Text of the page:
From 'Boyhood' to 'Nightcrawler': Unmissable Hollywood films
From the coming-of-age story of a young boy to the tale of a chef who starts a food truck and fixes his estranged relationship with his family, Hollywood managed to inspire and entertain audiences in right proportion in 2014.
Chennai: From the coming-of-age story of a young boy to the tale of a chef who starts a food truck and fixes his estranged relationship with his family, Hollywood managed to inspire and entertain audiences in right proportion in 2014.
List of some of the best offerings from Hollywood:
"Boyhood": Filmed over a period of 11 years, "Boyhood" is an expansive investigation of human drama and emotions narrated through the eyes of a young boy. It's probably the most engrossing coming-of-age drama of the century. Filmmaker Richard Linklater captures boyhood on screen like you've never seen before and probably never won't again because this might be a one-off masterpiece. Beg, buy, borrow or steal, but you can't afford to miss the film.
"Dawn of the Planet of the Apes": It reminds us that an entertaining Hollywood film need not always be about mass destruction, mayhem and full throttle action and that it could also be a story with intelligence, great visual effects and an emotional core. This is what you'll find in Matt Reeves' "Dawn of the Planet of the Apes". The film effortlessly rewrites blockbuster movie formulas. It's a touching story about peacemaking and coexistence of apes and humans.
"The Fault in our Stars": Every minute in this film is like a ticking time-bomb as it's packed with emotional climaxes at regular intervals. A heart-breaker, this romantic tale is filled with humour, warmth and stellar performances. It challenges the teen-flicks conventions with a story that tugs at your heartstrings. It's a tear-jerker for sure, but at the same time it dodges all the drawbacks associated with cliched cancer drama. Let's just hope the Bollywood remake doesn't turn out to be an insult to the original.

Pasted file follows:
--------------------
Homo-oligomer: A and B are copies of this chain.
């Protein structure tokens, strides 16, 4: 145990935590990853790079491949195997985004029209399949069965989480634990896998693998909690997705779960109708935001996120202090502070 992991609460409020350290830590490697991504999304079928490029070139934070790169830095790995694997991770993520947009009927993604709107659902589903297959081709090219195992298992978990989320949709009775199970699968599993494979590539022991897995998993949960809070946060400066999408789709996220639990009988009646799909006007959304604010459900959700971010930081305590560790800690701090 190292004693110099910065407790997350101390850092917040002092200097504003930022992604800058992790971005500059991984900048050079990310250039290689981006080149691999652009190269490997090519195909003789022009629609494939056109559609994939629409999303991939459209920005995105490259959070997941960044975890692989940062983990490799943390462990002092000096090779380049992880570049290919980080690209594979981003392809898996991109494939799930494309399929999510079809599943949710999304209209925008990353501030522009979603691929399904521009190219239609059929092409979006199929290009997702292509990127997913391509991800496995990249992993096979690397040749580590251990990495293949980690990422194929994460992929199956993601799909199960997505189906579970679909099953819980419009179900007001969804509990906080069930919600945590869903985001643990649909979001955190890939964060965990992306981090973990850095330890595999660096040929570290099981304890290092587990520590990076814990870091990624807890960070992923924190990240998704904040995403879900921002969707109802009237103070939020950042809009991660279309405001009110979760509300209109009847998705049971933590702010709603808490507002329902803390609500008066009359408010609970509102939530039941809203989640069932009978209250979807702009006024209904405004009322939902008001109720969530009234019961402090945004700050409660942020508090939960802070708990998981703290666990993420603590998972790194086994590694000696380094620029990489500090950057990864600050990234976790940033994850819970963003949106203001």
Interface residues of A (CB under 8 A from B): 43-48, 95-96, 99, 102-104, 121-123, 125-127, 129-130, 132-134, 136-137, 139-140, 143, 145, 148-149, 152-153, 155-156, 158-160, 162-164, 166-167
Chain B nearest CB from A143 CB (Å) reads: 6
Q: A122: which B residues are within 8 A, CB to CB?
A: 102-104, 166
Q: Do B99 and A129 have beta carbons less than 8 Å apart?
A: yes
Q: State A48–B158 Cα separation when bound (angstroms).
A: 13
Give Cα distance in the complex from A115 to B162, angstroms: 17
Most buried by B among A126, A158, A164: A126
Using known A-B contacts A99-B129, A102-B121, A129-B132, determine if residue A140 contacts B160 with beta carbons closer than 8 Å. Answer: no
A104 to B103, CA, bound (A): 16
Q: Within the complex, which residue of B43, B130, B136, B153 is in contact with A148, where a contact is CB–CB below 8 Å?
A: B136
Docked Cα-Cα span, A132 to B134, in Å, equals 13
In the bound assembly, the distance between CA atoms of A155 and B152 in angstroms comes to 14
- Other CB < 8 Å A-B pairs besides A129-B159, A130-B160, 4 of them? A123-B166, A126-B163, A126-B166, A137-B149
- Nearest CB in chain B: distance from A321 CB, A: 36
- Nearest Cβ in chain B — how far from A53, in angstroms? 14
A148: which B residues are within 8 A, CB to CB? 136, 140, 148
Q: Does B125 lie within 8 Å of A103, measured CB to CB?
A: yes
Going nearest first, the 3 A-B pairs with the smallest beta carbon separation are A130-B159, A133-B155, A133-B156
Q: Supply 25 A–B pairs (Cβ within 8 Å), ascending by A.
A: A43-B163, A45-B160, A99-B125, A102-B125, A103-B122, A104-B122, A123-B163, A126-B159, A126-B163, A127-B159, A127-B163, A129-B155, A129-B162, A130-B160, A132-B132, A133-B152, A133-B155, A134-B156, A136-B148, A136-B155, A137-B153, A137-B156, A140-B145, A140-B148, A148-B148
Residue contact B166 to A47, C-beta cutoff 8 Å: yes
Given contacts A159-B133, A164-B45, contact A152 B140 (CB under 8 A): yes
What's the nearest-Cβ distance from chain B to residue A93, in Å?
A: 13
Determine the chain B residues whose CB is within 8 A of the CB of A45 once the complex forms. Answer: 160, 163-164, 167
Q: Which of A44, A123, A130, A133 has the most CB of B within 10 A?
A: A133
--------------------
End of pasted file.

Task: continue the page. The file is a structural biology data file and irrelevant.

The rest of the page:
"Gone Girl": This definitely isn't filmmaker David Fincher's best work, but it certainly isn't his worst either. Based on an eponymous novel by Gillian Flynn, "Gone Girl" is a disturbing walk down the aisle of a disturbed marriage. Fincher unravels this matrimonial madness in his trademark style found in his past thrillers such as "Se7en", "Zodiac" and "The Girl with the Dragon Tattoo". The suspense grows on you scene by scene and dialogues play a vital part in taking the story forward. And Rosamund Pike is a revelation.
"Big Hero 6": Animation films should not to be taken lightly for they deliver more than just entertainment. Disney's "Big Hero 6", a heartwarming story about a robot with a heart, celebrates nerd culture. It's a consistently funny take on superhero films with compassion and gentleness.
"Interstellar": It's not a film you can instantaneously fall in love with. It requires a great amount of patience and understanding to enjoy Christopher Nolan's sci-fi drama about the search for a habitable planet when earth is on the brink of extinction. Agreed, it's awkwardly slow-paced, but it's unarguably the best cinematic experience you can have in cinemas - provided you watch it with sincerity because a lot of scientific terminology can catch you off guard.
"The Babadook": This horror-thriller will get under your skin and play with your psyche. Jennifer Kent in her directorial debut gives us the best horror experience since "The Shining", and it's unlikely to experience something so brilliant once again. Venturing deep into the fears of childhood and adulthood, "The Babadook" is the best retelling of a horror story sans cliches. Essie Davis and Noah Wiseman deserve to be credited with the best on screen mother-son pair.
"Edge of Tomorrow": A sci-fi work with the heart of a video game, "Edge of Tomorrow" gives Tom Cruise a chance to return to his league with a bang, and he does so effortlessly in the role of an army public relations officer who is thrown into the middle of a war and is expected to be combat-ready in just a few hours. It's the most entertaining film to have come out with the concept of time loop.
"The Grand Budapest Hotel": Coming from one of the most creative filmmakers, Wes Anderson, "The Grand Budapest Hotel" is an odd screwball comedy that comes alive with the sparkling performance of Ralph Fiennes as concierge Gustave H. For hardcore fans of Anderson, this is a full course meal with all the right ingredients to be gobbled down in one go.
"Nightcrawler": An Oscar-deserving performance by Jake Gyllenhaal makes "Nightcrawler" the most unmissable films of the year. Despite its murky message, it's a thriller that makes us sit up and take notice of the extremely talented actor hidden within Jake, who plays a character obsessed with real-life tragedy and carnage to the hilt.